What you'll learn
- how Webiny is built using plugins
- what is a
- how plugins work in the context of a React application
- how plugins work in the context of a GraphQL API
This article gives a theoretical explanation of the concept. If you're looking for instructions on practical usage, please refer to the Importing Plugins article.
Webiny is mostly built using plugins. There's just a bit of boilerplate code, and no matter if it's React, GraphQL API, or the Webiny CLI, the majority of Webiny's functionality lives in plugins.
Plugins are very simple in nature. They can be a plain JS object, or extend a built-in
Plugin class. The main piece of information that makes plugins work is their
type attribute, which is used to fetch and execute plugins at runtime.
Plugins can not only do what Webiny expects them to, but can also introduce hooks for other plugins, which can call other plugins, and so on. You just use them as building blocks for your business logic, UI, data processing, etc.
Good to know
You will find a mix of plain JS objects and class plugins when reading our docs, or browsing the Github repository. This is because, initially, we started with plugins as plain objects. Recently, we realized that we can greatly improve the developer experience and speed of development by providing concrete plugin classes you can just instantiate, or extend, instead of dabbling with TS types.
All the new plugins we're creating, are written as classes. You can expect plain object plugins to go away in the future, but we will cover them in this article, because the majority of the platform still uses them.
When an application is starting, be it React, GraphQL API, or the CLI, all plugins need to be registered into an instance of a
PluginsContainer class. It's a central registry that holds all the plugins, and you use this registry to access plugins when you need them.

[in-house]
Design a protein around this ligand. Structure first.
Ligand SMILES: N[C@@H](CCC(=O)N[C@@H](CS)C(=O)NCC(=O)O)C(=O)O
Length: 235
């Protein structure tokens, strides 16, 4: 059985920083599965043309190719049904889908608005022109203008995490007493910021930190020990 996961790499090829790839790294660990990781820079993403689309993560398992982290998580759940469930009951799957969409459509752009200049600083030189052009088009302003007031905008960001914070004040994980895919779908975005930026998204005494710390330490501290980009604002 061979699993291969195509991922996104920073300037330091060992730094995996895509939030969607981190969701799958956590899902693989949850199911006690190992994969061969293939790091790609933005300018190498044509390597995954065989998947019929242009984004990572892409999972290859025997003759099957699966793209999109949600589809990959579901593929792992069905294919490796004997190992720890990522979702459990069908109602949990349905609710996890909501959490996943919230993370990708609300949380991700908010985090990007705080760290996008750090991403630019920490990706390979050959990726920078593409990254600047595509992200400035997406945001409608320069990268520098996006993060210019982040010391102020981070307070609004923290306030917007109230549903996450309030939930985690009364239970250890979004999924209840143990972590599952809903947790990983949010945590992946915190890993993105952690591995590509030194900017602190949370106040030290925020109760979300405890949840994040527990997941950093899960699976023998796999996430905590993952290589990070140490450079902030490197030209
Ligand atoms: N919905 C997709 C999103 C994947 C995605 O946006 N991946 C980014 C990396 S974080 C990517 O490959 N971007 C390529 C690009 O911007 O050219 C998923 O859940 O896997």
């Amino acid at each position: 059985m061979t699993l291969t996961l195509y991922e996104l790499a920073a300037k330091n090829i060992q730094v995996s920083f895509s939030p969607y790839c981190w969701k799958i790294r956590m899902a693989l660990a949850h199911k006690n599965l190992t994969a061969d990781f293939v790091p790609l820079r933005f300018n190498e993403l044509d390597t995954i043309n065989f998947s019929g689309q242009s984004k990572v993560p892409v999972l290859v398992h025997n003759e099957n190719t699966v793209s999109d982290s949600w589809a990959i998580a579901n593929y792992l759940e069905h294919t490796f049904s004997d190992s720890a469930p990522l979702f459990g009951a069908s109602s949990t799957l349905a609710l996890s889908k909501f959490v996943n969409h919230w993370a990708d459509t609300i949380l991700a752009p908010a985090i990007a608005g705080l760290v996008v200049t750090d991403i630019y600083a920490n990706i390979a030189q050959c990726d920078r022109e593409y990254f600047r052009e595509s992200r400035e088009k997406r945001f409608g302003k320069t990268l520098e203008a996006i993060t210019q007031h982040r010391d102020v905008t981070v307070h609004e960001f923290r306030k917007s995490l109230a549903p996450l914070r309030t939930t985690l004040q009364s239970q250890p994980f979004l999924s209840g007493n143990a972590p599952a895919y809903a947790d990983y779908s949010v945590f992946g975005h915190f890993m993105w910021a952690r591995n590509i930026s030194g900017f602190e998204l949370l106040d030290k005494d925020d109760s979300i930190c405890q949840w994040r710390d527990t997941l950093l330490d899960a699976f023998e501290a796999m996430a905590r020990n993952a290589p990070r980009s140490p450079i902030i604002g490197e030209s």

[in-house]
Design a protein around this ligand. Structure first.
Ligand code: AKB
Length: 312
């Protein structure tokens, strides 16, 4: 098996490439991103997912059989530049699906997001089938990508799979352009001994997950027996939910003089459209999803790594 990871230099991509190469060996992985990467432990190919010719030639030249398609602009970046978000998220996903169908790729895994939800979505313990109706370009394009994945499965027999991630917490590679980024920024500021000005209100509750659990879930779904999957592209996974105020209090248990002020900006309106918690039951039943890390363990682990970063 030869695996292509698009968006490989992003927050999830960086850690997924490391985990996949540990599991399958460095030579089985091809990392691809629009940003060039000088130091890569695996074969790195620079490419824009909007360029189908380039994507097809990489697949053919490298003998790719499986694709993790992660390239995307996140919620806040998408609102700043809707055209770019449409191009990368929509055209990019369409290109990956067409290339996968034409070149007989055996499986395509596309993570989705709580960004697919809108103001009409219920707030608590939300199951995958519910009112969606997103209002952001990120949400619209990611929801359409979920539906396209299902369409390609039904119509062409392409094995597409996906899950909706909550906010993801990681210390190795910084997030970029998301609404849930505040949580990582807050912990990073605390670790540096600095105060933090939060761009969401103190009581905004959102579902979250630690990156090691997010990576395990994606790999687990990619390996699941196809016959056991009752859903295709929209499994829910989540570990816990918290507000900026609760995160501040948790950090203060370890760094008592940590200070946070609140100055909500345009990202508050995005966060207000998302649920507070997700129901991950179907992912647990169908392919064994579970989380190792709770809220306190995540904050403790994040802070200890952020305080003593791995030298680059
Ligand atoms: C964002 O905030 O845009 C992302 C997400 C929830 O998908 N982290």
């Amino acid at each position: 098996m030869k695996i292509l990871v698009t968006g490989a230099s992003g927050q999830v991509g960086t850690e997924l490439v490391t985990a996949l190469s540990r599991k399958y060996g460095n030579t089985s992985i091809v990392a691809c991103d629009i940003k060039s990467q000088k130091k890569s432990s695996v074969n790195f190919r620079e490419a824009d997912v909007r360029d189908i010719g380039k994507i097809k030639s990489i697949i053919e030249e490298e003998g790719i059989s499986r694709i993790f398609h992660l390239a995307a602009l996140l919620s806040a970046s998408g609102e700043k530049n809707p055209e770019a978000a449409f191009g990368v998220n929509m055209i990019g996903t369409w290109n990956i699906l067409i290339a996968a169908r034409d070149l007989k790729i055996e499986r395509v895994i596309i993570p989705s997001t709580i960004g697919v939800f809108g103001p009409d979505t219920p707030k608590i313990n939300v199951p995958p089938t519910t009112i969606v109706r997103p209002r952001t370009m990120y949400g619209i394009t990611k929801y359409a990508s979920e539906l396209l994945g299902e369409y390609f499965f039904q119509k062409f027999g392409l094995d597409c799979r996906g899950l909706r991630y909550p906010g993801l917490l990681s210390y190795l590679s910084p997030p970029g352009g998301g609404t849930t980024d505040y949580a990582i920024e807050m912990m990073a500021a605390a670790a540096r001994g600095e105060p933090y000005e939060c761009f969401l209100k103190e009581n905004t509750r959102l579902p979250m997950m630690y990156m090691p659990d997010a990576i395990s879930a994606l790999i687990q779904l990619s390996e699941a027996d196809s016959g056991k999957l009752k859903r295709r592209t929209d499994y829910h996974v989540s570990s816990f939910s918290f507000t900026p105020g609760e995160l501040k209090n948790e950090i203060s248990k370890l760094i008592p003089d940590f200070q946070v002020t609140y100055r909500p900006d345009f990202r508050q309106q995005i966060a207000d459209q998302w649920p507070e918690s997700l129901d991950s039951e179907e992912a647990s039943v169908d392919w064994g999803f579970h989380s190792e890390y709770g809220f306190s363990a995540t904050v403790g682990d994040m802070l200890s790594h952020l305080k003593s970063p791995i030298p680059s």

To work with plugins, you need to use the
The way it works is described in the following code example:
This is the whole concept. Keep in mind that you will never need to create your own plugins containers. This is all handled by Webiny for you, and the example above simply demonstrates what's happening under the hood.
@webiny/plugins package always exports one ready-made instance of the
PluginsContainer, so you never need to create it yourself. Think of it as a globally accessible singleton. We need a singleton to import plugins from other
npm packages, and by having them all import this same package (
@webiny/plugins), at build time, they will be referencing the same webpack module. This means that at runtime, all the external plugins will be working with this one centralized registry, and will be able to access all of your app's plugins.
To recap: by always importing the same
plugins instance from
@webiny/plugins, you're referencing the same
PluginsContainer instance, and so, you have access to all the plugins anywhere in the application.
Why not use React Context to share plugins?
Not all plugins are related to React. There are plugins that are used outside React, but still within your application. For this reason, plugins container lives on its own.
In GraphQL API, things are slightly different. When an event invokes your Lambda function, we have to treat it as an isolated scope of execution, and we can't share the same instance of the
PluginsContainer between invocations.
On every Lambda invocation, Webiny will construct a new instance of the
PluginsContainer class, and assign it to the
context object, which is then passed to GraphQL resolvers.
To register plugins into a Lambda handler, you simply pass them to the
createHandler factory provided by Webiny, to construct Lambda handlers. The following example demonstrates how all our Lambda handlers are created, but with a reduced number of plugins:
The following code shows how you can access plugins in a GraphQL resolver:
Our CLI also uses plugins for commands, deploy hooks, etc. Internally, the CLI has an instance of the
PluginsContainer class, and all the plugins are loaded at bootstrap time, by loading the
The following example shows how you can add new plugins to the Webiny CLI in your Webiny project:
When you run any
yarn webiny command, our CLI will first load this file, grab all the provided plugins and register them in the internal plugins container. After that, the command processing will start, and one of the commands will be executed by yargs (a library we use to handle commands in our CLI).
On a high level, this is all there is to Webiny's system of plugins. You simply add more and more plugins to hook into certain events, processes, and to add different types of functionality to the core system. What plugins do, and how complex they are, depends entirely on your requirements.